It is highly likely that 70-100% percent of the fuel in the unit 2 reactor at Japan's Fukushima Daiichi nuclear power plant melted in the wake of the 2011 nuclear disaster, a group of researchers reported on 26 September.

The group, which includes researchers from Nagoya University, arrived at the conclusion after inspecting the interior using a fluoroscopic device, which utilizes elementary particles called muons. Tokyo Electric Power Co (Tepco) had earlier said some of the fuel remained inside the reactor. The group, led by Nagoya University researchers, has been investigating the reactor since last year.

Previously they used the same technique to look inside the unit 1 reactor and again detected few signs of nuclear fuel remaining in the core. The location of the nuclear fuel will have a significant impact on which process is used to remove it from the damaged reactors, the most difficult step of the decommissioning work. The Japanese government and Tepco plan to scan unit 2 reactor again using a different device.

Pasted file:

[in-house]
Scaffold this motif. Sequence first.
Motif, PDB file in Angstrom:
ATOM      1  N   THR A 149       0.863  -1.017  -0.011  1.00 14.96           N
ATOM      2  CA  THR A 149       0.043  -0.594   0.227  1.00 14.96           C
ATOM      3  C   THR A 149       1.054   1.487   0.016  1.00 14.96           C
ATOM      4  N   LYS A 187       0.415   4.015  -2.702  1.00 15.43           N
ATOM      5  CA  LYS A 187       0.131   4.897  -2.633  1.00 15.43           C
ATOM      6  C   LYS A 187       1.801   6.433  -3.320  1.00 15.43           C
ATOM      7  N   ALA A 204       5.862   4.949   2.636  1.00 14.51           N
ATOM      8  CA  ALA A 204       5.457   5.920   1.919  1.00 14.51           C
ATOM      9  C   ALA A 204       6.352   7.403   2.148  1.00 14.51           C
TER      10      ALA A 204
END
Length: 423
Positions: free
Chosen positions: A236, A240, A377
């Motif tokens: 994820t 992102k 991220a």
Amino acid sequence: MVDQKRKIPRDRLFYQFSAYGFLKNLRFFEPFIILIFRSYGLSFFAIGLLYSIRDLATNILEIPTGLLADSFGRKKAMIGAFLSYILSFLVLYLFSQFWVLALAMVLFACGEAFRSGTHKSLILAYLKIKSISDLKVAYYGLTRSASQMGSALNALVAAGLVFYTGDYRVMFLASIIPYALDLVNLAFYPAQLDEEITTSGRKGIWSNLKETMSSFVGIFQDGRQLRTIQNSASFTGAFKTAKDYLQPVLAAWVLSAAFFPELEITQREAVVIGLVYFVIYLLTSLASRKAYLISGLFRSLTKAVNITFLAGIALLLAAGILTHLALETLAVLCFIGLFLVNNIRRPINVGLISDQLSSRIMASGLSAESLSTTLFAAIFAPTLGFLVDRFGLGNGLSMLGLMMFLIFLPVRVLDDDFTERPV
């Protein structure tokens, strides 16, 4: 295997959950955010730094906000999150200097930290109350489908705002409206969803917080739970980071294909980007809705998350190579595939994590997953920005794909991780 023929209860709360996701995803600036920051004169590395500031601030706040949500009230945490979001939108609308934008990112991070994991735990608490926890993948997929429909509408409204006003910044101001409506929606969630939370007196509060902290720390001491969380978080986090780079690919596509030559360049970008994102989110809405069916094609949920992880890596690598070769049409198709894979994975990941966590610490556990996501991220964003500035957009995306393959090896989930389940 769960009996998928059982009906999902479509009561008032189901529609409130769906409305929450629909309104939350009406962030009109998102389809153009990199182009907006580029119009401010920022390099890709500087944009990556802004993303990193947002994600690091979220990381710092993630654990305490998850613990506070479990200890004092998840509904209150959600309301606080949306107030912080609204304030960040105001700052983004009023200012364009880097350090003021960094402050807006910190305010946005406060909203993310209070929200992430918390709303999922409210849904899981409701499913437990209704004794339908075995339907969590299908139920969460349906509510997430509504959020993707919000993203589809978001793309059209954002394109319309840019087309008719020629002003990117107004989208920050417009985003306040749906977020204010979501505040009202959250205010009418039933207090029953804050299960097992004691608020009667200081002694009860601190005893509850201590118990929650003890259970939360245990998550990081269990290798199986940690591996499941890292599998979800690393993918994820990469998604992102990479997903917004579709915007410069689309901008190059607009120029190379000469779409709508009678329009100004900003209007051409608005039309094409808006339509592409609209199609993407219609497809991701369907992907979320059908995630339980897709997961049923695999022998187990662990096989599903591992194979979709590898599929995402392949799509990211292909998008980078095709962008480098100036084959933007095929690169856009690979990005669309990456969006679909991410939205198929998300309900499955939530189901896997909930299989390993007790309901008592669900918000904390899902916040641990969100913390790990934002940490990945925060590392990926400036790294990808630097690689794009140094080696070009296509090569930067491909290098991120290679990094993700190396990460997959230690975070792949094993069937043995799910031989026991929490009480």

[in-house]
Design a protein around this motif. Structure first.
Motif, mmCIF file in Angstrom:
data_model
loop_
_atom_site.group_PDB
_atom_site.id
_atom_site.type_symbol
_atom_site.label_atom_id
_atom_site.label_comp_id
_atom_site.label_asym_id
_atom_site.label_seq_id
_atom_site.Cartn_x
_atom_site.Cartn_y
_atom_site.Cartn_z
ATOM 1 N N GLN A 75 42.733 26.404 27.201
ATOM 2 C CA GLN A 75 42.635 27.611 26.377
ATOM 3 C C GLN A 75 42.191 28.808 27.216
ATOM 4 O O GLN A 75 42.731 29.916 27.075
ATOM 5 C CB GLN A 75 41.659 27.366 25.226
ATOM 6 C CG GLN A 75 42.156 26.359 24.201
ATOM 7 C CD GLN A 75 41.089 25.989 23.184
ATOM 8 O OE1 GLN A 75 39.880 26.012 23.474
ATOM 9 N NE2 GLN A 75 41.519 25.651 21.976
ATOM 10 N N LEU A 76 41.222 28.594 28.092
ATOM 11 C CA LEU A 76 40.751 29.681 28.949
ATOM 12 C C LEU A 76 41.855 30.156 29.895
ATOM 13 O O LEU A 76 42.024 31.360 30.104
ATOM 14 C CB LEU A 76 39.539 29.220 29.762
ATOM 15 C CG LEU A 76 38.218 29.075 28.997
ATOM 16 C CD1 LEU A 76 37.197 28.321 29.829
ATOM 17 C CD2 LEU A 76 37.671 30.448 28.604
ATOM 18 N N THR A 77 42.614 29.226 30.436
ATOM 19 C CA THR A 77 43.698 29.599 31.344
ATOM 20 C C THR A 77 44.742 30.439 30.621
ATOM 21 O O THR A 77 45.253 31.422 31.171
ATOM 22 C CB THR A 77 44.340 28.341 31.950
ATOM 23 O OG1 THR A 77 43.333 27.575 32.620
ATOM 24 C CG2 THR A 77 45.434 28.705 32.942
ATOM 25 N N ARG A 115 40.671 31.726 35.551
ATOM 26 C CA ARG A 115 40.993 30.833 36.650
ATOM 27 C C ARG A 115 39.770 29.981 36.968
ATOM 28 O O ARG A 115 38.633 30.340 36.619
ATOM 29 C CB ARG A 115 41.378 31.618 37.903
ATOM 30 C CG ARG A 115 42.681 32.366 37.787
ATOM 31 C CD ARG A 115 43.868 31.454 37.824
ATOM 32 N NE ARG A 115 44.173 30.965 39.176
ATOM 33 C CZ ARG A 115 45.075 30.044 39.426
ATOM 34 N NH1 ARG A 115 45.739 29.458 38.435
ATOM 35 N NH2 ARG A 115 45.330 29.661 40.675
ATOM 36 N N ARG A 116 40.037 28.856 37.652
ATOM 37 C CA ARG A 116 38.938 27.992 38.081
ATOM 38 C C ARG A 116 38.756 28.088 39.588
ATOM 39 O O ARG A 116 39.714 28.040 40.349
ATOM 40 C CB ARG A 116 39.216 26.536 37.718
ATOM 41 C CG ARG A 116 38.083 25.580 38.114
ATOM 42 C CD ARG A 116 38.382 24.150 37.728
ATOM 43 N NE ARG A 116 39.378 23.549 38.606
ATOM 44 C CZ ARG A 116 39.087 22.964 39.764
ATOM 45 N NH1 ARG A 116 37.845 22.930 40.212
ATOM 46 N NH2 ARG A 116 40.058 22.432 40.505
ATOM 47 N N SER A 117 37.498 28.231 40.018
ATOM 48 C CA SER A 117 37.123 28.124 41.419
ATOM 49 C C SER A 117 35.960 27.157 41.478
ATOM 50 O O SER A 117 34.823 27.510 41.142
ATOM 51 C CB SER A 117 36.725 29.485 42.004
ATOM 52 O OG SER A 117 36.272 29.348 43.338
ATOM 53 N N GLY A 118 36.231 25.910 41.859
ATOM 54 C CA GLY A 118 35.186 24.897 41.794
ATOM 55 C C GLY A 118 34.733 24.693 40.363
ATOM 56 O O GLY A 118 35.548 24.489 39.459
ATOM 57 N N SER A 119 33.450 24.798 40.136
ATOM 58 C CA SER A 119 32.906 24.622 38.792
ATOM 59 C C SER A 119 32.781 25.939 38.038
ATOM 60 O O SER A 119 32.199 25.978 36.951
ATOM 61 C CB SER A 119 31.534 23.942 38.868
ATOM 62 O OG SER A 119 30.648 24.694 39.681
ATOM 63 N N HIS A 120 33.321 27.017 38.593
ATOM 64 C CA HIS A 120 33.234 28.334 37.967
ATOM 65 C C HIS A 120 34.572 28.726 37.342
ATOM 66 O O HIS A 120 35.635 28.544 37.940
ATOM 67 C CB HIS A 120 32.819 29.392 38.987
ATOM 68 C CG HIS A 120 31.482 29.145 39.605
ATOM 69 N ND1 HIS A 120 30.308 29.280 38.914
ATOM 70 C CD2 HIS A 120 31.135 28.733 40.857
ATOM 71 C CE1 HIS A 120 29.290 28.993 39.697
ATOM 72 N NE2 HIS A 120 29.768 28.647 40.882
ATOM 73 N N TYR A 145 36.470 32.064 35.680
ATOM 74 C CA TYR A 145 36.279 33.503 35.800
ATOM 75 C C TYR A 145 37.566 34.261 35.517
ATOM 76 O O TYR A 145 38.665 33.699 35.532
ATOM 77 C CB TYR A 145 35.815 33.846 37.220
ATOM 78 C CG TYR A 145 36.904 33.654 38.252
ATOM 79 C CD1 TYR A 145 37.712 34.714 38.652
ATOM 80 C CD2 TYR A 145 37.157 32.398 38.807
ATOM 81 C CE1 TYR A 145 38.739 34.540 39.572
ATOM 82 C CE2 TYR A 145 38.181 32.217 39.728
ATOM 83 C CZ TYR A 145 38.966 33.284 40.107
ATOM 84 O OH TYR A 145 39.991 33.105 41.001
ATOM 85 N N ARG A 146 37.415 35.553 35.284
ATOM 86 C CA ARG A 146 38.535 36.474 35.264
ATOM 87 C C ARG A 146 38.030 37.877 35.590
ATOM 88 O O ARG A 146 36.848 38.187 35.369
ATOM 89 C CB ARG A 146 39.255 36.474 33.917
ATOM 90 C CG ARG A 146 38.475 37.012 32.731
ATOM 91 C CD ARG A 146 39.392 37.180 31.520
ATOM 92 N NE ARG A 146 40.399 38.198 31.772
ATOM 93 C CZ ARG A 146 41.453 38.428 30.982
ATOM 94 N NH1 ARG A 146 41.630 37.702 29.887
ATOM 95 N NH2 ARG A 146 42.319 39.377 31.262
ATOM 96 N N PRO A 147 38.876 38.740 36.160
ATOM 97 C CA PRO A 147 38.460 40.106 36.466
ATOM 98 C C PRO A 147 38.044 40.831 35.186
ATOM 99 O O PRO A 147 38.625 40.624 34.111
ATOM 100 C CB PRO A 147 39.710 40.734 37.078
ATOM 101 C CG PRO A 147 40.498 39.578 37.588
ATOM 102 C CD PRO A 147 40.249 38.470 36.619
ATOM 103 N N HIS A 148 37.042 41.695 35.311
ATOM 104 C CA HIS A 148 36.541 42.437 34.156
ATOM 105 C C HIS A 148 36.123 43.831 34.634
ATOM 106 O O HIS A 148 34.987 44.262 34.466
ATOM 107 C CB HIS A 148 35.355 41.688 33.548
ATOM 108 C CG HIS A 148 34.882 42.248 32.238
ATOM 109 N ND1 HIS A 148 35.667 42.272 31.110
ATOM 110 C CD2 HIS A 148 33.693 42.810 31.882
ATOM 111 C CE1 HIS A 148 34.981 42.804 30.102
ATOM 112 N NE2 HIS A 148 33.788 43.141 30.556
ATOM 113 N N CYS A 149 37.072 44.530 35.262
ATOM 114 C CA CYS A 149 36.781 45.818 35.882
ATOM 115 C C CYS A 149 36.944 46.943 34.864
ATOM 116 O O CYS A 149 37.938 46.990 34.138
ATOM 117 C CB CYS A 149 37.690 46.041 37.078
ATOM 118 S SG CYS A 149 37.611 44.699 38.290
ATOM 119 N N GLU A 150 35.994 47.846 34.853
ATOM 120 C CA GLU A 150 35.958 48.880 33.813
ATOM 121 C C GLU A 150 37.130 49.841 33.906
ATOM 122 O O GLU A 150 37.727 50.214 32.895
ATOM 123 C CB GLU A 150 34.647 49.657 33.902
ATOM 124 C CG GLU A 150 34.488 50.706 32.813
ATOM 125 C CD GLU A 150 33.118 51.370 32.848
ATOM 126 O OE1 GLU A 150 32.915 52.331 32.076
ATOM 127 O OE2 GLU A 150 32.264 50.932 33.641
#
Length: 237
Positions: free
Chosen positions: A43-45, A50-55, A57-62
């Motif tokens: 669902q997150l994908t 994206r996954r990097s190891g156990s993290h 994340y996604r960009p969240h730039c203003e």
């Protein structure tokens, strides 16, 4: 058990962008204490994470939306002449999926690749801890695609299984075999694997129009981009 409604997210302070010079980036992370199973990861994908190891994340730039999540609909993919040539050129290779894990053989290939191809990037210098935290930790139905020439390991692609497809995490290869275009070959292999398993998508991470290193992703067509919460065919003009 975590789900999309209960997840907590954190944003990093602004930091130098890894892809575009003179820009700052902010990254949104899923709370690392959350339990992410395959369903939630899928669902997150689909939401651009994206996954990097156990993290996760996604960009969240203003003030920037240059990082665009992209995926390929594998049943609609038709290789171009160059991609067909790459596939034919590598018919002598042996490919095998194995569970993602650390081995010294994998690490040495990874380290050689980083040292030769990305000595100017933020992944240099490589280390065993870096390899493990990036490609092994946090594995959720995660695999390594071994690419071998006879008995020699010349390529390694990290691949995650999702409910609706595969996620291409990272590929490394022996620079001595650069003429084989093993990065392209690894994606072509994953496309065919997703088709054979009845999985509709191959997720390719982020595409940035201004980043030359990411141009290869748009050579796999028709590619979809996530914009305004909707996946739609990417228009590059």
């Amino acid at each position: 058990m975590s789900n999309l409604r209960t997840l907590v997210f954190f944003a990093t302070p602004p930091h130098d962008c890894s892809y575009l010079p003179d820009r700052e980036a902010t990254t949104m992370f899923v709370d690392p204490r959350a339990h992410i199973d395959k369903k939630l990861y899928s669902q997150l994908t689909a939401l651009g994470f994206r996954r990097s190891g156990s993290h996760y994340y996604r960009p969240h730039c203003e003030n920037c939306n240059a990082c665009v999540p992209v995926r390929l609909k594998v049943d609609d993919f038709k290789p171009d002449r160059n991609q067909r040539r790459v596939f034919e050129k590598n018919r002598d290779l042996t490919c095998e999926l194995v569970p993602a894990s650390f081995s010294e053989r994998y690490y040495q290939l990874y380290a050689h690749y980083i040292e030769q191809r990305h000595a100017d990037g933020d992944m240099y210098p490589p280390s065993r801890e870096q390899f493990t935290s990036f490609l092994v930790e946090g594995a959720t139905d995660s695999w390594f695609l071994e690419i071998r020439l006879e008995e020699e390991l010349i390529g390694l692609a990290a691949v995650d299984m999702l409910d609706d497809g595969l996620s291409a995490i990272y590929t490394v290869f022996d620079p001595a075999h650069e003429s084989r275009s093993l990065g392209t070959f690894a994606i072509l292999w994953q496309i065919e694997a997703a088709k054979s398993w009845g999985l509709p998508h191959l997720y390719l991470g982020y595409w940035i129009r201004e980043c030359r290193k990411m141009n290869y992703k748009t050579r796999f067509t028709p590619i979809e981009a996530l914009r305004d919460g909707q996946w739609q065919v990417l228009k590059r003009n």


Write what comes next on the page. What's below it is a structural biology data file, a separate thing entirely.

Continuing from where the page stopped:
Photo: Muon detection equipment being installed into Fukushima Daiichi unit 1 in February (Credit: Tepco)

Date: Monday, 28 September 2015
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